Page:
Natural North Dakota

Saturday and Sunday at 8:35 am CT
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Chuck Lura has a broad knowledge of "Natural North Dakota" and loves sharing that knowledge with others.

About Chuck Lura: Since 2005, Chuck he has written a weekly column, “Naturalist at Large,” for the Lake Metigoshe Mirror. His columns also appear under “The Naturalist” in several other weekly newspapers across North Dakota. A native of northern Iowa, Lura received an associate degree from Waldorf College in Forest City, Iowa. He then went on to receive his bachelor’s degree in biology from South Dakota State University in Brookings, South Dakota. After teaching high school biology in South Dakota and Iowa, he returned to SDSU to obtain his master’s degree and then on for his doctorate in botany from North Dakota State University in Fargo. Lura has been a biology professor at Dakota College at Bottineau since 1984. His teaching responsibilities have been principally biology, botany, and range management. He has also conducted and published research on ecological aspects of grasslands in the northern Great Plains.

Natural North Dakota is supported by NDSU Central Grasslands Research Extension Center and Dakota College at Bottineau, and by the members of Prairie Public. Thanks to Sunny 101.9 in Bottineau for their recording services.

It is often this time of year, when the days are short, and temperatures are often below zero that the outdoors is not as inviting as we would prefer.  That is when we often look to the bookshelf to help us out.  I was thinking about all that recently, and thought that you might appreciate some suggestions on good books related to nature.  So here are a few books I have enjoyed, in no particular order.  But all of them are nature related, most relevant to our region, and some are from an historical perspective.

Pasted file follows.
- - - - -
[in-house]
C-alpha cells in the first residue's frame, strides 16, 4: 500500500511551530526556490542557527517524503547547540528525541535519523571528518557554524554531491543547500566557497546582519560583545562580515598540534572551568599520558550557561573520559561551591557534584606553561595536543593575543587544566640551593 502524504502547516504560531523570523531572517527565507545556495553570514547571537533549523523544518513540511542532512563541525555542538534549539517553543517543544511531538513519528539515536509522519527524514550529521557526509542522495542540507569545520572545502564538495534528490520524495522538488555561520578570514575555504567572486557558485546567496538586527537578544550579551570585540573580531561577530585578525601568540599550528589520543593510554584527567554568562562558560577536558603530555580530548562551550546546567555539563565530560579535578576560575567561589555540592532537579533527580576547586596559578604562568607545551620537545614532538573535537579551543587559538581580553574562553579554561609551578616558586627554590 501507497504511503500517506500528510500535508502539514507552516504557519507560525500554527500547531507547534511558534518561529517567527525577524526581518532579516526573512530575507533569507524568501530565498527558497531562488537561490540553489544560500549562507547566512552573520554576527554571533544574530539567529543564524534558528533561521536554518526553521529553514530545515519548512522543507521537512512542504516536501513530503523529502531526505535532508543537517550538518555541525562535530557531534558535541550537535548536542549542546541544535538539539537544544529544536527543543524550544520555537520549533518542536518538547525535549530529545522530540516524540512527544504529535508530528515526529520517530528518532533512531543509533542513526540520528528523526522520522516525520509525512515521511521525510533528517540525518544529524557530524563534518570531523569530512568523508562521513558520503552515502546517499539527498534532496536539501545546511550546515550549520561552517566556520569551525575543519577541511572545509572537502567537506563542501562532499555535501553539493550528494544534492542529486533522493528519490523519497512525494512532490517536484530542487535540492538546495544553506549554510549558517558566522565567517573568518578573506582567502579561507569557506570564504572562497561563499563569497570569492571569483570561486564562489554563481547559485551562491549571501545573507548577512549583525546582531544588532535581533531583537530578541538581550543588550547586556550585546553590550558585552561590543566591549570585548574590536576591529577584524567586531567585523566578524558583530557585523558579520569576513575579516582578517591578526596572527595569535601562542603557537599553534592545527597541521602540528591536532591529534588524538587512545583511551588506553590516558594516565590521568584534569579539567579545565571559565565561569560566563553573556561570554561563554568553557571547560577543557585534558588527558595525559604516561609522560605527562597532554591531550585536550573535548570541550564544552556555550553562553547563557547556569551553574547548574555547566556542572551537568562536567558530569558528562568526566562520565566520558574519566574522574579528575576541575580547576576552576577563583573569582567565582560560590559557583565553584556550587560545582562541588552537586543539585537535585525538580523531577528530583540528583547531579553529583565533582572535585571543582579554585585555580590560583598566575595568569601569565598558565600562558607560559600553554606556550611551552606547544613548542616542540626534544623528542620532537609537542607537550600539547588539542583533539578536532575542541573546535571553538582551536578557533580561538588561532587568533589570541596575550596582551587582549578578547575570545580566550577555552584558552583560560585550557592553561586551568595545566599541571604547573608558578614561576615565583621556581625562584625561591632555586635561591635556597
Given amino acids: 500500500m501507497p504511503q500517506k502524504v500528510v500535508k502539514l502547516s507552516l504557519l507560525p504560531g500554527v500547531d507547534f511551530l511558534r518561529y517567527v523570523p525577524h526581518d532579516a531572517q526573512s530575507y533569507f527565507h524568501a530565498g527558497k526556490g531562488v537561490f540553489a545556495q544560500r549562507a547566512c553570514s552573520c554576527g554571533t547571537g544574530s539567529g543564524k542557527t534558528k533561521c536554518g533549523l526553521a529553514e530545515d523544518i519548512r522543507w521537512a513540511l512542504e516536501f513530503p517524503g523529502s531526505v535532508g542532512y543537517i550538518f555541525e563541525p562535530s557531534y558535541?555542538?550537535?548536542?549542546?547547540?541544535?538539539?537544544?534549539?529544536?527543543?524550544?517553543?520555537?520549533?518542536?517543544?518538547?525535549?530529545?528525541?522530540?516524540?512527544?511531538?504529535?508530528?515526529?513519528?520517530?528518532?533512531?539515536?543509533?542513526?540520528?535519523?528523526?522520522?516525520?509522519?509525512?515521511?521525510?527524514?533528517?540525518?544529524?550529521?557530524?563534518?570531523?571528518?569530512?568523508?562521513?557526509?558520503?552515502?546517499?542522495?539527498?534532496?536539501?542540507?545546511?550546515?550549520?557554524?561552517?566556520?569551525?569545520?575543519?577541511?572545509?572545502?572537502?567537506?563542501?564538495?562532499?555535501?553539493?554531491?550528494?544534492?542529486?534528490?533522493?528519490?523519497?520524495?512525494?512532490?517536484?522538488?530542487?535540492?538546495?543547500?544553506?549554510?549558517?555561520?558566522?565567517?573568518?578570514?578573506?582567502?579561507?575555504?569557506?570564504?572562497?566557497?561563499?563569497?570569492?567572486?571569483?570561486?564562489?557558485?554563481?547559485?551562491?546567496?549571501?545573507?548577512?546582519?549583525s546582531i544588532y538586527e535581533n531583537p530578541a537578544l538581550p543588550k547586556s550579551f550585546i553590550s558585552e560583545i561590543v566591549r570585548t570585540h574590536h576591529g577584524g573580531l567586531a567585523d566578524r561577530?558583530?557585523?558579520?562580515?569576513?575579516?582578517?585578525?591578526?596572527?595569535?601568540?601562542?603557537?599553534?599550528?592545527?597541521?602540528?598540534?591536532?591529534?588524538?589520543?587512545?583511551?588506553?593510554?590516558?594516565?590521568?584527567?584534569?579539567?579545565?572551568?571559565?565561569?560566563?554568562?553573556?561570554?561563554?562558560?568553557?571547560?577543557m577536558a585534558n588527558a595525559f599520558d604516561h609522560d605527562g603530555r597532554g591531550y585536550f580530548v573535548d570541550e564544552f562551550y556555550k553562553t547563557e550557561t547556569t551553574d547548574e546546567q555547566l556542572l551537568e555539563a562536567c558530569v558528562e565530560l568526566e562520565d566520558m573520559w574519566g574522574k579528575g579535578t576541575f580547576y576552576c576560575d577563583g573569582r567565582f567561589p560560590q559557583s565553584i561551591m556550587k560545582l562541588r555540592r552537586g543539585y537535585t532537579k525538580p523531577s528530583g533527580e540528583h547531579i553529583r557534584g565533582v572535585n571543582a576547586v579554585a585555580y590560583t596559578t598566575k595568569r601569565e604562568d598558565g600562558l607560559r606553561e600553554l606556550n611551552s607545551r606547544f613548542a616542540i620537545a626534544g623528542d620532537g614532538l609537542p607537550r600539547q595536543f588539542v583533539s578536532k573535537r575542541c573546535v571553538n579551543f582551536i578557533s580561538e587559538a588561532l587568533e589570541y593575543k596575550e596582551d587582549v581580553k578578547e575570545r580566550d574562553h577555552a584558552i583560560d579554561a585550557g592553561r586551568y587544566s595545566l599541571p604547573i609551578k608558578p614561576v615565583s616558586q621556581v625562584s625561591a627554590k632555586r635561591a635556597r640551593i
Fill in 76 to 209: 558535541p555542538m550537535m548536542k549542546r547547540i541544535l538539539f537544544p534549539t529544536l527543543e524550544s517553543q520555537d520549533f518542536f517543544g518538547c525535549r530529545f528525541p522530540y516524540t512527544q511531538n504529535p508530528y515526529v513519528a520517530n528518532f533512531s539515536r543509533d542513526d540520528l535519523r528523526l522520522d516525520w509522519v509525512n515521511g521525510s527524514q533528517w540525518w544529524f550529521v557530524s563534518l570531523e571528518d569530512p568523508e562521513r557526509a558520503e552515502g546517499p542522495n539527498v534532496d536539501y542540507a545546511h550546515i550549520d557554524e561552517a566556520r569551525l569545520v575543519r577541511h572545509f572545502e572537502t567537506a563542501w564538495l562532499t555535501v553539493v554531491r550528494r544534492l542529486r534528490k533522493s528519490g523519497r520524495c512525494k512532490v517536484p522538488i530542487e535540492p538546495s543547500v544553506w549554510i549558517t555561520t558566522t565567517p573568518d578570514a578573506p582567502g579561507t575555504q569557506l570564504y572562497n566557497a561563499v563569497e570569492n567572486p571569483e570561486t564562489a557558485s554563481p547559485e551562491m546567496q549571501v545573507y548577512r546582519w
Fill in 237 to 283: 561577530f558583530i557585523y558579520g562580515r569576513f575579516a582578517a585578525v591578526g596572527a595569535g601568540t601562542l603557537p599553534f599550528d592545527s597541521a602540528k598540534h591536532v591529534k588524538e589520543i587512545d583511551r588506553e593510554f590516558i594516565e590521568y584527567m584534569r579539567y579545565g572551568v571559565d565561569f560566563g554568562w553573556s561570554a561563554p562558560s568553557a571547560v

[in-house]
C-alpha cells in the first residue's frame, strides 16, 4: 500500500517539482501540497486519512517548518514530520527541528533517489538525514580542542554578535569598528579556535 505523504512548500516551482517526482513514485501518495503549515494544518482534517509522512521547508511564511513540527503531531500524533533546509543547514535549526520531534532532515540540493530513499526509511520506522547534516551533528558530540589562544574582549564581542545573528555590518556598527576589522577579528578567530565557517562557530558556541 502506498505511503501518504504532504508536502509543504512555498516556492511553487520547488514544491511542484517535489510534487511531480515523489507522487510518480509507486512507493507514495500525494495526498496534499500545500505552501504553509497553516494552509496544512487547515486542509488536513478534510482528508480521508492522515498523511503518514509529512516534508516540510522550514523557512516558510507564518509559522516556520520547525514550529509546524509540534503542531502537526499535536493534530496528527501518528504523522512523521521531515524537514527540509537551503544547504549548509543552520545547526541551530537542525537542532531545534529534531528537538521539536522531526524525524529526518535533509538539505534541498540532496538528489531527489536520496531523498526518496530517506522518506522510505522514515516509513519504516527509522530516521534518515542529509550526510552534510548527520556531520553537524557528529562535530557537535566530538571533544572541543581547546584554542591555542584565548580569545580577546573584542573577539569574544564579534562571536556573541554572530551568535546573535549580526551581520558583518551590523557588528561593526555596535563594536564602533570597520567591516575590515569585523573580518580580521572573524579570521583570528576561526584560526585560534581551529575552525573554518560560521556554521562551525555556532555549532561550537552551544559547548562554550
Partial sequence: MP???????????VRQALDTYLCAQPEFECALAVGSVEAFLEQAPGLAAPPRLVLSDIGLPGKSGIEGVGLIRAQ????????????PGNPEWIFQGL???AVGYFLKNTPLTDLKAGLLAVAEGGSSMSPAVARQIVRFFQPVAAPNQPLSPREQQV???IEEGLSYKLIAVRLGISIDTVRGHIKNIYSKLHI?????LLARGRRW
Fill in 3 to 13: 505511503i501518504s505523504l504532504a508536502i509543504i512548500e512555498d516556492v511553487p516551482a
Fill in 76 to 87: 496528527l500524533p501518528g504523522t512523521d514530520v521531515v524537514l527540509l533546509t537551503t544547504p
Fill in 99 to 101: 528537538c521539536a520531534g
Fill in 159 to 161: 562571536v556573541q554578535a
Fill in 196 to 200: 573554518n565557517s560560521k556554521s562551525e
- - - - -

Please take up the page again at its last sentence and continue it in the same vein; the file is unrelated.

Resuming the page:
Jan 5, 2018

I recently saw a falcon-like bird.  The sky was overcast, with poor lighting, so I was unable to get any good markings, but I suspect it may have been a merlin.


Dec 19, 2017


Animals in Winter

Dec 19, 2017


We have a fox living in our neighborhood.  I haven’t seen it now for several weeks. But I assume it is still in the area, because I have occasionally seen its tracks in the snow.  But many mammals seem to disappear during winter.  However, most are active at least during parts of the winter, but their activity is not very conspicuous to the casual observer.  Few hibernate.

The landscapes in most areas look quite bare this time of year with all the leaves off the trees.  However, I have noticed that the leaves as well as the fruits of Russian olive are still hanging on.  They are quite conspicuous even at a distance.  

Beavers and Winter Finches

Dec 12, 2017


I drive by a few beaver lodges each day on my way to and from work.  When I pass by the lodges, especially now after ice-up, I often wonder what they are doing.  They are probably snoozing.

Beaver lodges are two tiered living quarters with two entrances.  A small lower level functions as an entryway and dining room.  The upper level is used for resting and sleeping.  These lodges are surprisingly well insulated, with the internal temperature hovering slightly above the freezing point even when the outside temperatures are much colder.